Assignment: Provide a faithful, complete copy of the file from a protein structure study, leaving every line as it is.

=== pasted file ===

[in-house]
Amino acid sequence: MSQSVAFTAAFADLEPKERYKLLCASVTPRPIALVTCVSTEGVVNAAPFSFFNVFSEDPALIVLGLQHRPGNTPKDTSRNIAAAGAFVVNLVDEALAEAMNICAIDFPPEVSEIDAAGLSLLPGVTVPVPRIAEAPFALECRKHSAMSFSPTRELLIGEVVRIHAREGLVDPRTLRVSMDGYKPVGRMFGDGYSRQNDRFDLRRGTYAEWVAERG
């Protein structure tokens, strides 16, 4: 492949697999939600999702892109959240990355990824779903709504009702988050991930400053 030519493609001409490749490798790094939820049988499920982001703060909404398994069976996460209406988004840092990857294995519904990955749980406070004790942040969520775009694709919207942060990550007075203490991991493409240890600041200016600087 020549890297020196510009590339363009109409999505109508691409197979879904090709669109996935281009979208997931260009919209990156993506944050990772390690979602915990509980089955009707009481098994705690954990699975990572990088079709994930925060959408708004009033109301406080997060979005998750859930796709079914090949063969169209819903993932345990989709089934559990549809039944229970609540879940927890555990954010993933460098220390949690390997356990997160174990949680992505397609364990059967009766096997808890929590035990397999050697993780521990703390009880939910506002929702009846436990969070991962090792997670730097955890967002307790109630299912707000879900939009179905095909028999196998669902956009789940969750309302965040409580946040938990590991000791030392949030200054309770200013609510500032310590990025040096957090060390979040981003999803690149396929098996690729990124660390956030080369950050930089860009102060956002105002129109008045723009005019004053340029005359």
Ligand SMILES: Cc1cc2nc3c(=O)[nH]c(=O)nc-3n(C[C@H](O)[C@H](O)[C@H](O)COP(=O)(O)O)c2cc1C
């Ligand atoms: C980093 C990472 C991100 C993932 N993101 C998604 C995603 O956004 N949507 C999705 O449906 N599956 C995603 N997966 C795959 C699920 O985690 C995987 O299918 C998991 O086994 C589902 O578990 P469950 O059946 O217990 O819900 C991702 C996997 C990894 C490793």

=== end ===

[in-house]
Amino acid sequence: MSQSVAFTAAFADLEPKERYKLLCASVTPRPIALVTCVSTEGVVNAAPFSFFNVFSEDPALIVLGLQHRPGNTPKDTSRNIAAAGAFVVNLVDEALAEAMNICAIDFPPEVSEIDAAGLSLLPGVTVPVPRIAEAPFALECRKHSAMSFSPTRELLIGEVVRIHAREGLVDPRTLRVSMDGYKPVGRMFGDGYSRQNDRFDLRRGTYAEWVAERG
């Protein structure tokens, strides 16, 4: 492949697999939600999702892109959240990355990824779903709504009702988050991930400053 030519493609001409490749490798790094939820049988499920982001703060909404398994069976996460209406988004840092990857294995519904990955749980406070004790942040969520775009694709919207942060990550007075203490991991493409240890600041200016600087 020549890297020196510009590339363009109409999505109508691409197979879904090709669109996935281009979208997931260009919209990156993506944050990772390690979602915990509980089955009707009481098994705690954990699975990572990088079709994930925060959408708004009033109301406080997060979005998750859930796709079914090949063969169209819903993932345990989709089934559990549809039944229970609540879940927890555990954010993933460098220390949690390997356990997160174990949680992505397609364990059967009766096997808890929590035990397999050697993780521990703390009880939910506002929702009846436990969070991962090792997670730097955890967002307790109630299912707000879900939009179905095909028999196998669902956009789940969750309302965040409580946040938990590991000791030392949030200054309770200013609510500032310590990025040096957090060390979040981003999803690149396929098996690729990124660390956030080369950050930089860009102060956002105002129109008045723009005019004053340029005359």
Ligand SMILES: Cc1cc2nc3c(=O)[nH]c(=O)nc-3n(C[C@H](O)[C@H](O)[C@H](O)COP(=O)(O)O)c2cc1C
């Ligand atoms: C980093 C990472 C991100 C993932 N993101 C998604 C995603 O956004 N949507 C999705 O449906 N599956 C995603 N997966 C795959 C699920 O985690 C995987 O299918 C998991 O086994 C589902 O578990 P469950 O059946 O217990 O819900 C991702 C996997 C990894 C490793």